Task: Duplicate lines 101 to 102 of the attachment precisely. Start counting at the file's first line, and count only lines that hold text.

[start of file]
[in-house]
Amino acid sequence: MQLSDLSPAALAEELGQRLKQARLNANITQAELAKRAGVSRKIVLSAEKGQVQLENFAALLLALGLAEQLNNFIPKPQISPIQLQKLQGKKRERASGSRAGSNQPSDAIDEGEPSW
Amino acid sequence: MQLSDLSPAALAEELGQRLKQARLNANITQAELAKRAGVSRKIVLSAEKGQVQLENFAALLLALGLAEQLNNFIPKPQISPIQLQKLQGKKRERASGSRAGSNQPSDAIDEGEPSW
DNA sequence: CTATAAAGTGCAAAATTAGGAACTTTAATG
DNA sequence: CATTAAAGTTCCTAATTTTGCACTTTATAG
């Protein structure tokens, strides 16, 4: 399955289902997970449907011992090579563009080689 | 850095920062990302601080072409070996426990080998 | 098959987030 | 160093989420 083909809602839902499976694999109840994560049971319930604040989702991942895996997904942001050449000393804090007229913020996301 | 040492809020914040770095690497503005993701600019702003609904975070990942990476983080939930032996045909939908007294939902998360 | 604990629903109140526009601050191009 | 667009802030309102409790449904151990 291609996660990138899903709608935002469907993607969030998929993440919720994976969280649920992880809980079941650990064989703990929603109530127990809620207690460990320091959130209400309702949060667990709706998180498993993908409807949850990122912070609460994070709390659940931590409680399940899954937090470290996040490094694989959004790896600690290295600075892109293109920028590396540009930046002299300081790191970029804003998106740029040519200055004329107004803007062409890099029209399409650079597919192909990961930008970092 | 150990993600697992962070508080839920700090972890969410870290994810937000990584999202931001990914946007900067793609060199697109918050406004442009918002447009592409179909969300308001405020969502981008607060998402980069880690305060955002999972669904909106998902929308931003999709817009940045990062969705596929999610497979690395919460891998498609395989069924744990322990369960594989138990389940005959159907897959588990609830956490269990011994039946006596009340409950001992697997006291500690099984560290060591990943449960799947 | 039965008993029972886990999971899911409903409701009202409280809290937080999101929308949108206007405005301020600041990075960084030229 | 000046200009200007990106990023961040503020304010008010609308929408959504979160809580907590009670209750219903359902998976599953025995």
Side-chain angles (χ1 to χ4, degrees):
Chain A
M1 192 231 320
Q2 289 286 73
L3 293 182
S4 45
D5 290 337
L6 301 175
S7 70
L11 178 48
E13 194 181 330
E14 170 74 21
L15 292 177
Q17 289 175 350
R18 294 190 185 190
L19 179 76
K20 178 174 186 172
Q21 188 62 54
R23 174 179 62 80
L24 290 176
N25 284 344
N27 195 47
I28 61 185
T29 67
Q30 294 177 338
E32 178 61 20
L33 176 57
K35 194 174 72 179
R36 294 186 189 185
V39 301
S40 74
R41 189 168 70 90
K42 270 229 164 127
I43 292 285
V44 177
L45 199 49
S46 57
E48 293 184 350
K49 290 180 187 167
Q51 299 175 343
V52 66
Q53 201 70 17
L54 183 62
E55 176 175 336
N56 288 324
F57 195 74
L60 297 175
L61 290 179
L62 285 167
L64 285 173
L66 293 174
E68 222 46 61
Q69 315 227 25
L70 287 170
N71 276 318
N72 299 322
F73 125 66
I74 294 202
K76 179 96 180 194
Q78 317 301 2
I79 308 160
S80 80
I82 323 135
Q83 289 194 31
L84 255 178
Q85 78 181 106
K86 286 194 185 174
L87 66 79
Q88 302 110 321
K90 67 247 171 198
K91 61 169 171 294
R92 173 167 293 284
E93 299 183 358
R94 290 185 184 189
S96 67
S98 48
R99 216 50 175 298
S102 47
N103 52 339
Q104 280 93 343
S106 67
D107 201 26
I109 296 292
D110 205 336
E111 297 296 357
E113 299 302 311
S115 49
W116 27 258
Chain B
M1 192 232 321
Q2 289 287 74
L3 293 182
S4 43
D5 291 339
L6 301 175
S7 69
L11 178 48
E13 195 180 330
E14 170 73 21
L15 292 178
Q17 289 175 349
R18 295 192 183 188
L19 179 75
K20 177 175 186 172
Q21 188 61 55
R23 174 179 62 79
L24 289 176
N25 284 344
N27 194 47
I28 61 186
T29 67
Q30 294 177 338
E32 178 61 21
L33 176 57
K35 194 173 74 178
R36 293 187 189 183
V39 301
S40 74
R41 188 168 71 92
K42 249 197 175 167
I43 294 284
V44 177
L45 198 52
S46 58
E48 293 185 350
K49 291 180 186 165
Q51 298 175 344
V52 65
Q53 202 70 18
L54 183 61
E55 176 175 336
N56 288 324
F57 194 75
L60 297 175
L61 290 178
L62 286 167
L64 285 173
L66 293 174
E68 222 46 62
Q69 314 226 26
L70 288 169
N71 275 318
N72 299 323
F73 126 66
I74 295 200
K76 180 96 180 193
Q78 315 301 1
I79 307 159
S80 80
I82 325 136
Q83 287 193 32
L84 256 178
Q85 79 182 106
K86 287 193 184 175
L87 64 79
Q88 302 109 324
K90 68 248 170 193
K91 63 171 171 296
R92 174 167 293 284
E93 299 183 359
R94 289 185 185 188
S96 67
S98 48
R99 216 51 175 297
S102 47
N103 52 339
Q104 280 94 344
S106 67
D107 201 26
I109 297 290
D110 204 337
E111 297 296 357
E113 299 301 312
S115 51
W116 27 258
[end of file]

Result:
L6 301 175
S7 69